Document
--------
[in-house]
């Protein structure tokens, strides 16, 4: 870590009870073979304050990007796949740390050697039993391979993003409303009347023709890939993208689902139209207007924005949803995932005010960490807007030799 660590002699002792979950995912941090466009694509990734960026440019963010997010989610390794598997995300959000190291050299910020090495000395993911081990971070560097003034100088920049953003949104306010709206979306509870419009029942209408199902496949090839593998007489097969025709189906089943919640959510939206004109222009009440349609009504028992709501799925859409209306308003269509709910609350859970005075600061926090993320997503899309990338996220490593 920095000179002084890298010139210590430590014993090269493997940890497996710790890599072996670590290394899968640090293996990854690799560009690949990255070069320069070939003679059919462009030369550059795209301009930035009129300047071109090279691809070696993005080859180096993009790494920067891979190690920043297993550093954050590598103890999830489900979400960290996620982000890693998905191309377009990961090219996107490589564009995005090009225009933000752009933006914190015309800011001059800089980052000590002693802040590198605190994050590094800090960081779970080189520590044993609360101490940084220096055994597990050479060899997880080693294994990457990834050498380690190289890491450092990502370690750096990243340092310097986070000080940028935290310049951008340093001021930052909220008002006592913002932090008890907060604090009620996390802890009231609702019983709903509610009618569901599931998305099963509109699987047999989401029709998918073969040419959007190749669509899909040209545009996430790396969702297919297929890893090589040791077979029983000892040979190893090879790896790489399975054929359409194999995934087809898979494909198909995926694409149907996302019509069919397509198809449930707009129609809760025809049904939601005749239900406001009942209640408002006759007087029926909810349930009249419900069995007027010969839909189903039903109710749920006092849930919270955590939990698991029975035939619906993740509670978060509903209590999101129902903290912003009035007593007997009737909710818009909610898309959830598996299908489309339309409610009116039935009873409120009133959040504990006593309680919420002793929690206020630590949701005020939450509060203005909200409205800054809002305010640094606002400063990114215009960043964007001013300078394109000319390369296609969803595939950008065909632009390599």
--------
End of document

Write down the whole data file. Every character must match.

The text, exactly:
[in-house]
């Protein structure tokens, strides 16, 4: 870590009870073979304050990007796949740390050697039993391979993003409303009347023709890939993208689902139209207007924005949803995932005010960490807007030799 660590002699002792979950995912941090466009694509990734960026440019963010997010989610390794598997995300959000190291050299910020090495000395993911081990971070560097003034100088920049953003949104306010709206979306509870419009029942209408199902496949090839593998007489097969025709189906089943919640959510939206004109222009009440349609009504028992709501799925859409209306308003269509709910609350859970005075600061926090993320997503899309990338996220490593 920095000179002084890298010139210590430590014993090269493997940890497996710790890599072996670590290394899968640090293996990854690799560009690949990255070069320069070939003679059919462009030369550059795209301009930035009129300047071109090279691809070696993005080859180096993009790494920067891979190690920043297993550093954050590598103890999830489900979400960290996620982000890693998905191309377009990961090219996107490589564009995005090009225009933000752009933006914190015309800011001059800089980052000590002693802040590198605190994050590094800090960081779970080189520590044993609360101490940084220096055994597990050479060899997880080693294994990457990834050498380690190289890491450092990502370690750096990243340092310097986070000080940028935290310049951008340093001021930052909220008002006592913002932090008890907060604090009620996390802890009231609702019983709903509610009618569901599931998305099963509109699987047999989401029709998918073969040419959007190749669509899909040209545009996430790396969702297919297929890893090589040791077979029983000892040979190893090879790896790489399975054929359409194999995934087809898979494909198909995926694409149907996302019509069919397509198809449930707009129609809760025809049904939601005749239900406001009942209640408002006759007087029926909810349930009249419900069995007027010969839909189903039903109710749920006092849930919270955590939990698991029975035939619906993740509670978060509903209590999101129902903290912003009035007593007997009737909710818009909610898309959830598996299908489309339309409610009116039935009873409120009133959040504990006593309680919420002793929690206020630590949701005020939450509060203005909200409205800054809002305010640094606002400063990114215009960043964007001013300078394109000319390369296609969803595939950008065909632009390599």